Kyle nodded. It had been a long shot. Single parents didn’t have much free time and Joe rarely agreed to any activity that would keep him from his son.
“Another time,” he said easily.
Joe called a good-bye and focused on the report. There were words on the page he couldn’t even hope to sound out, let alone interpret, and after ten minutes he sighed in frustration and snapped the file closed. “This is ridiculous,” he complained under his breath.
Standing, he jerked his uniform jacket from the back of his chair and hastily tugged it on. It fit snugly over his muscled arms and broad shoulders. Picking up the file, he rounded his desk and took long purposeful strides to the door. “I guess I’ll just have to ask,” he muttered as he pulled the door shut behind him.
The drive to Quantum Labs took little time. The state of the art facility had been constructed in an area of DC that had once been an embarrassment. The choice of location had been praised by the city leaders as a positive step to revitalize and energize the community, an effort by its wealthy benefactors to make a contribution to the city even as they pursued their own agenda.
Those benevolent aspirations were of little concern to him, but Joe was quick to appreciate the proximity to his new office in the Pentagon. He had been briefed on the capabilities of the research facility, and he had orders to cultivate a relationship with what was proving to be an invaluable tool to military and government agencies. Learning that he wouldn’t have to waste his work day commuting back and forth to the facility was a positive.
His military ID got him through the gate, but he chaffed at the delay when he was required to wait for entrance into the lab itself. When the guard finally confirmed that he was indeed the investigator assigned to the Pendleton inquiry, the buzzer sounded and he pulled the door open with an irritated yank. A second set of doors required he submit to a retinal scan, but the process took far less time than the guard’s confirmation. Annoyed by the delay but impressed with the security he moved into the lab proper.
He wasn’t sure what he had expected, but as he stepped inside he had to pause and gape. The place was everything he would have imagined at the words lab or high tech. The foyer in which he stood held a few green plants, and what had to be expensive art, that gave the small space a warm feel. But as he moved forward, it opened into a cavernous room with high ceilings, exposed metal beams and glass walls that gave it a sleek look. The place had a sterile, clean smell that was part hospital, part library, and there was a sense of quiet calm that made the thought and discovery that happened here almost palpable.
A series of raised platforms dominated the center of the room. Each had a metal exam table under heavy lighting, and Joe had a mental image of men in white coats gathered around in fascination as something like Frankenstein’s creature came to life. Shaking his head at the fantasy he looked around for some clue about where to find his new associate.
A small man crossed the room in front of him. To Joe he looked like the quintessential mad scientist with a curly mop of out of control brown hair and a white lab coat. Several days’ growth of beard darkened his chin and cheeks, adding to the impression he was too busy thinking to worry about such mundane matters. He was walking and reading through a large stack of paper, oblivious to anything around him, and he jumped when Joe spoke.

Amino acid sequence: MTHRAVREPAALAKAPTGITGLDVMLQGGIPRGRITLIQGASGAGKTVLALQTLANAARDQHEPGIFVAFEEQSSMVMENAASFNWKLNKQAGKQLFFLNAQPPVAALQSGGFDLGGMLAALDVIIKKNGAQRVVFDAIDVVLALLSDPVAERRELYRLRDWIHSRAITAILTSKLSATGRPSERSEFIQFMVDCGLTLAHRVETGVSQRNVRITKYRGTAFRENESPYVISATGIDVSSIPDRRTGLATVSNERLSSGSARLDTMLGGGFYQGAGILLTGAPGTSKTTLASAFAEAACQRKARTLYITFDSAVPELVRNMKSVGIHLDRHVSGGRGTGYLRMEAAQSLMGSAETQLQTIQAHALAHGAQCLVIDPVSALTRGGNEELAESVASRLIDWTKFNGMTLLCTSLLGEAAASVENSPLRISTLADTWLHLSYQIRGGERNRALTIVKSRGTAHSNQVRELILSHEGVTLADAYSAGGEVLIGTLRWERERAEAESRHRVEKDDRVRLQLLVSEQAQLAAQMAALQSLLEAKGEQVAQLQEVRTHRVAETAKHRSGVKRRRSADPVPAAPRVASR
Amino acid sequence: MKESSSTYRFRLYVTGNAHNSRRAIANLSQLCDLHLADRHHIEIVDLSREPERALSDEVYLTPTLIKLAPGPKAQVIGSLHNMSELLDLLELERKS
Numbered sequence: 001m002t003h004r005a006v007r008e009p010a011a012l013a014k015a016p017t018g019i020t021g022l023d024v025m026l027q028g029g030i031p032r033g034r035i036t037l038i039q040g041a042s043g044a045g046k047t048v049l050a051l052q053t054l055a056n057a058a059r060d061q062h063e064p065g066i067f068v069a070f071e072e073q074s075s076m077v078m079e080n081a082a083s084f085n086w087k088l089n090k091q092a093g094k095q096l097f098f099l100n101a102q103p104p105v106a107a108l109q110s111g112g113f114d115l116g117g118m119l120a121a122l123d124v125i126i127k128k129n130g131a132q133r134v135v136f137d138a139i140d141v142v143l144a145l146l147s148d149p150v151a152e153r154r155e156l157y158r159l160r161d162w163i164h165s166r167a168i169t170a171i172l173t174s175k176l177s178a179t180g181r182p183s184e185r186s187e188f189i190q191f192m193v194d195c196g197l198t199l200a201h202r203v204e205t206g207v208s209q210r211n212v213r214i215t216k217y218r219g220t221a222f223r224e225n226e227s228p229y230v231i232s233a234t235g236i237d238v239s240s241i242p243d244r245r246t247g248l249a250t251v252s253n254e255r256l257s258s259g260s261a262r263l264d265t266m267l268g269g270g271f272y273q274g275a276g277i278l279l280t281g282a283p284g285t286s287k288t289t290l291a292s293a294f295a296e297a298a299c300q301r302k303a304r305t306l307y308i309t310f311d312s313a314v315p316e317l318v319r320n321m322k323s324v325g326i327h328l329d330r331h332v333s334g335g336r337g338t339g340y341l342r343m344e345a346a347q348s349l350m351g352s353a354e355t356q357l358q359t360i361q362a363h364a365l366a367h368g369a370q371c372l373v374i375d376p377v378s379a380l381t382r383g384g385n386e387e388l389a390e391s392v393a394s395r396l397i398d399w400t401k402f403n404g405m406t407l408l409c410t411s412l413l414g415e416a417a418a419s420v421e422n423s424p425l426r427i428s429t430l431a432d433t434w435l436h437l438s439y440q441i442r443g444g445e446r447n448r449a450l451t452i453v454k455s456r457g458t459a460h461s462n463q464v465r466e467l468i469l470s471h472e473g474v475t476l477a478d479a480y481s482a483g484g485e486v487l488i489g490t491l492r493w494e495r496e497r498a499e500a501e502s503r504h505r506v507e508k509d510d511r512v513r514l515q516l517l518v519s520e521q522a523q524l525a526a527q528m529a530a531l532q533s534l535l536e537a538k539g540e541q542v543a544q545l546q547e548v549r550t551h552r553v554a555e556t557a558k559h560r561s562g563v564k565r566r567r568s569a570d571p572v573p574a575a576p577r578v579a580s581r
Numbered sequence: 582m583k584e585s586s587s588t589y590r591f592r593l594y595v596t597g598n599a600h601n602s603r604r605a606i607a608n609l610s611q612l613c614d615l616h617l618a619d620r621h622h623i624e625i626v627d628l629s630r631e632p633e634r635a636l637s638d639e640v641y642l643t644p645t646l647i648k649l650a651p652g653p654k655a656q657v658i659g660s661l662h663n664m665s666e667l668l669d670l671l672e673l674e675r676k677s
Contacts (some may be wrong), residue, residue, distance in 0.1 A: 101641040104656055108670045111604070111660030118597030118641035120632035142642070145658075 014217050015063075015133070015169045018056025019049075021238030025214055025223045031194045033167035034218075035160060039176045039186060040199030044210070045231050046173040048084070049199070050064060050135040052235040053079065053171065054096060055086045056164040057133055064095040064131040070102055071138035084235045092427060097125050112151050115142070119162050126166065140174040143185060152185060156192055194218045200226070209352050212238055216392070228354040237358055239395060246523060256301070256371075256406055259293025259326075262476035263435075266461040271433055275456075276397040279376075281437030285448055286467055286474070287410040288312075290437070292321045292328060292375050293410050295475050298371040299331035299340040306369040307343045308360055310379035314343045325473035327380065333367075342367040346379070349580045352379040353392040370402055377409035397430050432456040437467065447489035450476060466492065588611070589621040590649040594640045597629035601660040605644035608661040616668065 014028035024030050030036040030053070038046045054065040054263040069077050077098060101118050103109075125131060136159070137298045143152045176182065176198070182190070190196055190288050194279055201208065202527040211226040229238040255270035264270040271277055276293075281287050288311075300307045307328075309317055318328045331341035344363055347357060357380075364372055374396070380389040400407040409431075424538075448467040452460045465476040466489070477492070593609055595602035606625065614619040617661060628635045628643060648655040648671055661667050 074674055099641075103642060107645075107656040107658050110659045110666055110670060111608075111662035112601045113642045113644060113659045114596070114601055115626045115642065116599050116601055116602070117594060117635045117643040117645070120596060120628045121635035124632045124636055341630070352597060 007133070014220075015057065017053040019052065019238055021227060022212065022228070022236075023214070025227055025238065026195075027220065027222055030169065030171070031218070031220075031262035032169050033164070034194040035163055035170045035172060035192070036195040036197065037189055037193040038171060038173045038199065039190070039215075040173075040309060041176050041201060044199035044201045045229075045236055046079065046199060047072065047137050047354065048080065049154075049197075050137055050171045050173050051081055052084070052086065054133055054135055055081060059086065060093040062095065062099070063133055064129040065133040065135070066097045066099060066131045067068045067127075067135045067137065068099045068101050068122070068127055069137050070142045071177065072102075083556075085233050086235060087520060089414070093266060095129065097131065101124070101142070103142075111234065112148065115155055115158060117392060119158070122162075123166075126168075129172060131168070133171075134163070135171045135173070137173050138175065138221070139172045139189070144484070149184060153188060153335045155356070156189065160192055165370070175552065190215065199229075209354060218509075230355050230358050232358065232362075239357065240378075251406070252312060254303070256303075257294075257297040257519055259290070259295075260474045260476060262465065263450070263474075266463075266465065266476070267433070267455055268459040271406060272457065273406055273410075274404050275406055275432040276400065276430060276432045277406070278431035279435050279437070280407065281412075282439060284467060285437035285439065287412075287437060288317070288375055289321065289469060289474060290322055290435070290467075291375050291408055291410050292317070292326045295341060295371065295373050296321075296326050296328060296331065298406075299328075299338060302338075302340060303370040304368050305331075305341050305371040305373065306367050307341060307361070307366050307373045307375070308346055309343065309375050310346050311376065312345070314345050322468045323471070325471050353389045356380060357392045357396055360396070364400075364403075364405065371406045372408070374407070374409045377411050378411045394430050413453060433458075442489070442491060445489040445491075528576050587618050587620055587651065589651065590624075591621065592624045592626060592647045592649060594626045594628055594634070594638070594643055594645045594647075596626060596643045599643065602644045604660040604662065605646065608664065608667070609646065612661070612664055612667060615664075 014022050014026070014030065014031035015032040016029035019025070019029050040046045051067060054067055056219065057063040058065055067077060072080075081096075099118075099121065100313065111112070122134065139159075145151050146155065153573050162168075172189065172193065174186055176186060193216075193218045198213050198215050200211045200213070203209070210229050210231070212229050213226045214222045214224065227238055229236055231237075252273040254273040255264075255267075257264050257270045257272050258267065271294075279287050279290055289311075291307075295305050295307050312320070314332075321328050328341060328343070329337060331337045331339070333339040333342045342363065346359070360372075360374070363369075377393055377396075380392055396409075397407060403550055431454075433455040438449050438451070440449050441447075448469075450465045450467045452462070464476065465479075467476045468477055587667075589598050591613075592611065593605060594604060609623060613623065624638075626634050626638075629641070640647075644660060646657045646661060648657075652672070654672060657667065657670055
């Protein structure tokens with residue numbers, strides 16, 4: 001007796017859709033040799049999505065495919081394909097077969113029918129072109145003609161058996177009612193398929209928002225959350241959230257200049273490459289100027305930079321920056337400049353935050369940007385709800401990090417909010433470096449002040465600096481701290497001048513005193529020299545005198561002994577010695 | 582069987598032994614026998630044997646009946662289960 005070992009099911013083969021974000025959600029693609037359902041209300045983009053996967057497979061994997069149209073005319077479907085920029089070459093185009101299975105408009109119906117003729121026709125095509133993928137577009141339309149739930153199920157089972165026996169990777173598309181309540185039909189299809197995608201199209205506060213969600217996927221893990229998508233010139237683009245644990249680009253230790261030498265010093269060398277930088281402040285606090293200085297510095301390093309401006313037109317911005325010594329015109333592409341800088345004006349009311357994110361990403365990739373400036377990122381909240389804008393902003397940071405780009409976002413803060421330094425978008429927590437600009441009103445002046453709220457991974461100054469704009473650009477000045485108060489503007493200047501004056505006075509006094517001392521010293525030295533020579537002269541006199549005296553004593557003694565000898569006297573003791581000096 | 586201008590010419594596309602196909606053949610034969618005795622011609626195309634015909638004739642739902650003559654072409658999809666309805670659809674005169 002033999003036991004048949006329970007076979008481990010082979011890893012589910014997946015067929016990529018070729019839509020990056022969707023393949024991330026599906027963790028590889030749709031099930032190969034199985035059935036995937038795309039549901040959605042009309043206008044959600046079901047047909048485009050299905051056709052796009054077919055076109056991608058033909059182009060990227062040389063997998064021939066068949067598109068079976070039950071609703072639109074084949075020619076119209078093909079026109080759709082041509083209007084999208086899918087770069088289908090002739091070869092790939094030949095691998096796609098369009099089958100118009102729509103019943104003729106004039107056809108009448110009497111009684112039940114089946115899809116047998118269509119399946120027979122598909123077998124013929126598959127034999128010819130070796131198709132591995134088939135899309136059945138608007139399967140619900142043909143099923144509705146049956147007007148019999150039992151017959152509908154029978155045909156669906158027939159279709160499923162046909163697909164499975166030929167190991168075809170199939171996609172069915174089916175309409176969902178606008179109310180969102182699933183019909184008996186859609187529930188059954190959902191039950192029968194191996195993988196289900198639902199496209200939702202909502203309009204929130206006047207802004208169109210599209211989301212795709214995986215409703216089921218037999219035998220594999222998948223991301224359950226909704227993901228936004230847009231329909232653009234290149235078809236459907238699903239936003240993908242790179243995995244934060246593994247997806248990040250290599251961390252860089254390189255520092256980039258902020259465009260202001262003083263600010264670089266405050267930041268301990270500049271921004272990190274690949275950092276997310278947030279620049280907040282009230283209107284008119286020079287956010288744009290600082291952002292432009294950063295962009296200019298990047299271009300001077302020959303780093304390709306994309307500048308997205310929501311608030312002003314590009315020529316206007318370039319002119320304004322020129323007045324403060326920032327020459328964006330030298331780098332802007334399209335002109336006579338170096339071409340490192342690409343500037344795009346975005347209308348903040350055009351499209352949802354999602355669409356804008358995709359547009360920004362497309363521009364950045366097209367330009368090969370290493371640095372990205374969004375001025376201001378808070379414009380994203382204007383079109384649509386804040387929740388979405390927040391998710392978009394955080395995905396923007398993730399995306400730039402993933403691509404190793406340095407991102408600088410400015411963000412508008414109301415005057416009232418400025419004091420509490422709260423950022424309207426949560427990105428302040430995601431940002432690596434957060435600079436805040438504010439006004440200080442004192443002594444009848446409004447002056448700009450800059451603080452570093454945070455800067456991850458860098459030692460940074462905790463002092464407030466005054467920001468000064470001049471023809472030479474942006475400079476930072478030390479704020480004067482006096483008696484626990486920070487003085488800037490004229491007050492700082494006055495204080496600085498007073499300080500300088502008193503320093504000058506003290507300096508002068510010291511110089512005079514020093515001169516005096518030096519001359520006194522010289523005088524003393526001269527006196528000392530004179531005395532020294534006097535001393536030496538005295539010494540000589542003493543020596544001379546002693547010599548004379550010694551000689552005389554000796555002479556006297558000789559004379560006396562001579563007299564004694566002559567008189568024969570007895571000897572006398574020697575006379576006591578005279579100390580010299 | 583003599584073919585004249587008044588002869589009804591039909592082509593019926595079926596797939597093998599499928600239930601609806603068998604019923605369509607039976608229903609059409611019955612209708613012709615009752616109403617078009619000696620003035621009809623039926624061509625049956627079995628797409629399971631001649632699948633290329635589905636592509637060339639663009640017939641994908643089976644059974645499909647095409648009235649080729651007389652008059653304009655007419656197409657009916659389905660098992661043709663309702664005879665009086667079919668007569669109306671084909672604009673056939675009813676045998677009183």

“I’m looking for Dr. Archer?”
The scientist recovered quickly. He turned, almost as if he were going to physically confront the question. “Who are you?” The mouse of a man demanded, with more authority than Joe had expected.
“Major Moore, special investigator for the Pendleton inquiry.” Joe tried not to sound as irritated as he felt over the question.
The scientist was still regarding him with suspicion, so he held up the file he couldn’t decipher. “I have a question about a report she sent regarding the investigation.”
“Jack Holmes.” The scientist identified himself, finally offering a handshake and a less confrontational tone. “Sorry, we try to limit Kathryn’s interruptions, and lately the requests for her time have been a bit intrusive.”
Joe’s memory quickly supplied the details he knew of the scientist. Jack Holmes was the money behind this operation. Like Archer, he held multiple degrees, but it was his family wealth which had allowed them to establish the lab in the first place. According to the dossier he was an excellent scientist, but he didn’t quite have the same brilliance as his partner. “Dr. Holmes, you’re Dr. Archer’s partner?” Joe asked.
“That’s me,” Holmes answered modestly. He turned and pointed across the large room. “Dr. Archer is in lab three. I’d introduce you, but I have something I need to attend to. Besides,” he added with a smirk, “You look like you can handle it.”
“Handle what?”
“A conversation with Archer,” Holmes said with a chuckle. “Good luck,” he called as he walked away.
Joe had never met a billionaire or a world’s leading expert on anything, but as he watched Holmes walk away, he wondered if the combination made the man so weird or if he just came that way.
Pushing thoughts of wealthy mad scientists from his mind he turned the direction Holmes had indicated and strode across the room with purpose. He had heard Archer was a tough nut, and Holmes’ attitude seemed to support that, so he mentally prepared himself as he stepped into the small lab. He had expected another strange academic like Holmes. He had expected the cold attitude he’d read about in the lab’s dossier. He had expected brilliance that threw out words like those on the report that had prompted this visit.